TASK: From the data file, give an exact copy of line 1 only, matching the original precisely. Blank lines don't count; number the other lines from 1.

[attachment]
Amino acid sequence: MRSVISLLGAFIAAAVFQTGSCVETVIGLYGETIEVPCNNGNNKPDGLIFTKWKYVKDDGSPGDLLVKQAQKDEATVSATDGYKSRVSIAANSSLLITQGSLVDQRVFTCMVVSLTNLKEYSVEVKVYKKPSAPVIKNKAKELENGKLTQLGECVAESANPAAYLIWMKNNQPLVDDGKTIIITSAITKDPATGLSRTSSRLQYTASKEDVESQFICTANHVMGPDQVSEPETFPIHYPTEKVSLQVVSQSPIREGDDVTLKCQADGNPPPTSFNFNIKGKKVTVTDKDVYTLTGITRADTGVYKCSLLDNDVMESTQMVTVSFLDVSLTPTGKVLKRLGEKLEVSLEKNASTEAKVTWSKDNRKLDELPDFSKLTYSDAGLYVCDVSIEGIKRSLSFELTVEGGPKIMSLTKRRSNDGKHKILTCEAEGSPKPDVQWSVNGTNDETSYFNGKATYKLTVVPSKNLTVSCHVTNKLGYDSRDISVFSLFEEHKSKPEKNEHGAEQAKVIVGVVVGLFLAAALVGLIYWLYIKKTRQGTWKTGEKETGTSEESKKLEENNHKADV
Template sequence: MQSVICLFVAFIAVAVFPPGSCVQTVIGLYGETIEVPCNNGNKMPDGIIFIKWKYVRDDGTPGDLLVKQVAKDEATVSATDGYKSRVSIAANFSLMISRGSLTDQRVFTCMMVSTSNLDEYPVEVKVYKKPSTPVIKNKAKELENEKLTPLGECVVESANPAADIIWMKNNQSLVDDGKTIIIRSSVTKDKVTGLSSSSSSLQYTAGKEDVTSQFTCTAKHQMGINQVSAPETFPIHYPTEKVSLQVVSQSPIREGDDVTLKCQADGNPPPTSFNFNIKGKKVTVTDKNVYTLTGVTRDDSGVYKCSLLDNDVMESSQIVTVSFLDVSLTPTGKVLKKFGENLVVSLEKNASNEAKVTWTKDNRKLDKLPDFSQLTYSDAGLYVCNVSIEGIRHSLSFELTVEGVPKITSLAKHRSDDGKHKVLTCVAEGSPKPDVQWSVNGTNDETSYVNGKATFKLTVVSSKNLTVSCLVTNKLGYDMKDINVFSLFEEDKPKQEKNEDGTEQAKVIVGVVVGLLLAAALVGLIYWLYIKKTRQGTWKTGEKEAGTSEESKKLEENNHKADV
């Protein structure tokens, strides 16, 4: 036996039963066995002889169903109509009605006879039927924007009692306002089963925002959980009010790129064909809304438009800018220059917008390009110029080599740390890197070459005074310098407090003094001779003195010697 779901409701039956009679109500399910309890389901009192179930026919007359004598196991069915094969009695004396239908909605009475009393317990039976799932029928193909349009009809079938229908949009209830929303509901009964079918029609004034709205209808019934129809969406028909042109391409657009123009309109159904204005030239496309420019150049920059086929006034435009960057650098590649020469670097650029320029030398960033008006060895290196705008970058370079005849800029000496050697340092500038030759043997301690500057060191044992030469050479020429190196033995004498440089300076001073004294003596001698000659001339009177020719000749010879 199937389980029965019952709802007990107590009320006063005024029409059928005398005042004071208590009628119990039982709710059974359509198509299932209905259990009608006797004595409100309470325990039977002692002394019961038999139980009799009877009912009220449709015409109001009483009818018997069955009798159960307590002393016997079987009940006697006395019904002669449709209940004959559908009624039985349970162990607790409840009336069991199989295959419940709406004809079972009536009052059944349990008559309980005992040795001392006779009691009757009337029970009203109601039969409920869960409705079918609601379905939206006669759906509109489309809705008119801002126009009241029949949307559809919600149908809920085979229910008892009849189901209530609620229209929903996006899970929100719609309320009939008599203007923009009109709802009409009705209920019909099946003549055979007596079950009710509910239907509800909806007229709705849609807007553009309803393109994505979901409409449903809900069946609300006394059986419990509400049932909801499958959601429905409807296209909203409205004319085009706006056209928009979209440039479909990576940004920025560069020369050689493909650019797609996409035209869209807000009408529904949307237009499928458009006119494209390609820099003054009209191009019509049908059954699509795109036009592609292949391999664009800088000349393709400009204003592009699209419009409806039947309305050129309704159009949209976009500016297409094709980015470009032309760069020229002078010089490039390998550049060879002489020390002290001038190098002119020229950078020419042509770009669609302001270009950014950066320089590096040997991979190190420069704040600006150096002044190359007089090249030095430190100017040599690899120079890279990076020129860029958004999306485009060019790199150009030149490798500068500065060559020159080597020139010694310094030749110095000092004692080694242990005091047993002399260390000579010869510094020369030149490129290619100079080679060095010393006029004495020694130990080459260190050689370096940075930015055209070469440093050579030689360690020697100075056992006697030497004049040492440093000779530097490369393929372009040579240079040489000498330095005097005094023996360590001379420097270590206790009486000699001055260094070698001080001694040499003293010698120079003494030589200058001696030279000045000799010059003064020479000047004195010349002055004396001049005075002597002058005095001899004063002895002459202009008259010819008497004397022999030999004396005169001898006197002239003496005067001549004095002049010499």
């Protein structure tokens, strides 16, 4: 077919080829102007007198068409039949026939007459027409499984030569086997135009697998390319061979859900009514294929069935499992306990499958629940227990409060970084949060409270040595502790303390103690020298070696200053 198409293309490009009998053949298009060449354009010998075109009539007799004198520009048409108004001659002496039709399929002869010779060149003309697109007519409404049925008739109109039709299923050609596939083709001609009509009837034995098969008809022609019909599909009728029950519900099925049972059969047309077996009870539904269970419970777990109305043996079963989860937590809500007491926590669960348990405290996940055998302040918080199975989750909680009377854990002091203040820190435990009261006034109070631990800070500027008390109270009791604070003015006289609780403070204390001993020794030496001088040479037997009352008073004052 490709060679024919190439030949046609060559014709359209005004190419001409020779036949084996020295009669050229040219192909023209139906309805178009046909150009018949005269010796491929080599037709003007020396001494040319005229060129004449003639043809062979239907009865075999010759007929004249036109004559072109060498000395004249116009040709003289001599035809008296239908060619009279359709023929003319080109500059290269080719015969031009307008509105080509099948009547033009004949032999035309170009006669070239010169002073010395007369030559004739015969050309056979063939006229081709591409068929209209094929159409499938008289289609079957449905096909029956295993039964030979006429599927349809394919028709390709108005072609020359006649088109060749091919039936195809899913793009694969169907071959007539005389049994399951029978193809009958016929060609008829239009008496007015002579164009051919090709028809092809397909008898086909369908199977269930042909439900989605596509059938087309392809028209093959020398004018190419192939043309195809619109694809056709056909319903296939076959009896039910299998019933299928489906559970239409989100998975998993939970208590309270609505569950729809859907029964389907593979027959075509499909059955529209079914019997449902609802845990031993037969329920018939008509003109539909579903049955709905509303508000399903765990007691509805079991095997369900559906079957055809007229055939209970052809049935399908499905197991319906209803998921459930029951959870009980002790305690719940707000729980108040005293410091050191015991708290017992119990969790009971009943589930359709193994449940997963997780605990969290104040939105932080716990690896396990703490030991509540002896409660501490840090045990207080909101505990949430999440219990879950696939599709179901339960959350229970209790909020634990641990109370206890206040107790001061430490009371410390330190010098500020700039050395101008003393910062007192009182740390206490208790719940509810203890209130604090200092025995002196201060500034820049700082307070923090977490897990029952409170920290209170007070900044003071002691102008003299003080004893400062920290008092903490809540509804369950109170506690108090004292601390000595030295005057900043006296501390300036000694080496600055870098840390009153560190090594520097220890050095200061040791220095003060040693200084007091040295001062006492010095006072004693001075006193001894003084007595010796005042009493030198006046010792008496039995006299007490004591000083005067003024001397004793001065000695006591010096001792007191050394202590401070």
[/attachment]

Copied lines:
Amino acid sequence: MRSVISLLGAFIAAAVFQTGSCVETVIGLYGETIEVPCNNGNNKPDGLIFTKWKYVKDDGSPGDLLVKQAQKDEATVSATDGYKSRVSIAANSSLLITQGSLVDQRVFTCMVVSLTNLKEYSVEVKVYKKPSAPVIKNKAKELENGKLTQLGECVAESANPAAYLIWMKNNQPLVDDGKTIIITSAITKDPATGLSRTSSRLQYTASKEDVESQFICTANHVMGPDQVSEPETFPIHYPTEKVSLQVVSQSPIREGDDVTLKCQADGNPPPTSFNFNIKGKKVTVTDKDVYTLTGITRADTGVYKCSLLDNDVMESTQMVTVSFLDVSLTPTGKVLKRLGEKLEVSLEKNASTEAKVTWSKDNRKLDELPDFSKLTYSDAGLYVCDVSIEGIKRSLSFELTVEGGPKIMSLTKRRSNDGKHKILTCEAEGSPKPDVQWSVNGTNDETSYFNGKATYKLTVVPSKNLTVSCHVTNKLGYDSRDISVFSLFEEHKSKPEKNEHGAEQAKVIVGVVVGLFLAAALVGLIYWLYIKKTRQGTWKTGEKETGTSEESKKLEENNHKADV